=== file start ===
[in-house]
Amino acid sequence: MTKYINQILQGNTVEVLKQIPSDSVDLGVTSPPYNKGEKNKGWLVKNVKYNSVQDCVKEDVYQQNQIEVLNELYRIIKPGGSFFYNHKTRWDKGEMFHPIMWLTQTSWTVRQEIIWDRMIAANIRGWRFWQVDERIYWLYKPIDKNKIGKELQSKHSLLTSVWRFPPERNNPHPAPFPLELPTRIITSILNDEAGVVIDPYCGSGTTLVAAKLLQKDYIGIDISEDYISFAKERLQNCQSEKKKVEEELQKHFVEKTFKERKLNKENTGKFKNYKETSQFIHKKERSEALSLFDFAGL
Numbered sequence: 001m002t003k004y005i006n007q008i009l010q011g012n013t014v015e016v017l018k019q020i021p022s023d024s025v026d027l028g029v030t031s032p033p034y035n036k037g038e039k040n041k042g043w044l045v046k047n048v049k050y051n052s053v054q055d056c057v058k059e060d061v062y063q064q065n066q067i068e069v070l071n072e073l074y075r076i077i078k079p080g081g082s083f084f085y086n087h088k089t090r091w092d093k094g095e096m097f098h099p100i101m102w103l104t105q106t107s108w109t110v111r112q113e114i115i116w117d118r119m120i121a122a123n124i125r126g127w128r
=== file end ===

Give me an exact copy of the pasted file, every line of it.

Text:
[in-house]
Amino acid sequence: MTKYINQILQGNTVEVLKQIPSDSVDLGVTSPPYNKGEKNKGWLVKNVKYNSVQDCVKEDVYQQNQIEVLNELYRIIKPGGSFFYNHKTRWDKGEMFHPIMWLTQTSWTVRQEIIWDRMIAANIRGWRFWQVDERIYWLYKPIDKNKIGKELQSKHSLLTSVWRFPPERNNPHPAPFPLELPTRIITSILNDEAGVVIDPYCGSGTTLVAAKLLQKDYIGIDISEDYISFAKERLQNCQSEKKKVEEELQKHFVEKTFKERKLNKENTGKFKNYKETSQFIHKKERSEALSLFDFAGL
Numbered sequence: 001m002t003k004y005i006n007q008i009l010q011g012n013t014v015e016v017l018k019q020i021p022s023d024s025v026d027l028g029v030t031s032p033p034y035n036k037g038e039k040n041k042g043w044l045v046k047n048v049k050y051n052s053v054q055d056c057v058k059e060d061v062y063q064q065n066q067i068e069v070l071n072e073l074y075r076i077i078k079p080g081g082s083f084f085y086n087h088k089t090r091w092d093k094g095e096m097f098h099p100i101m102w103l104t105q106t107s108w109t110v111r112q113e114i115i116w117d118r119m120i121a122a123n124i125r126g127w128r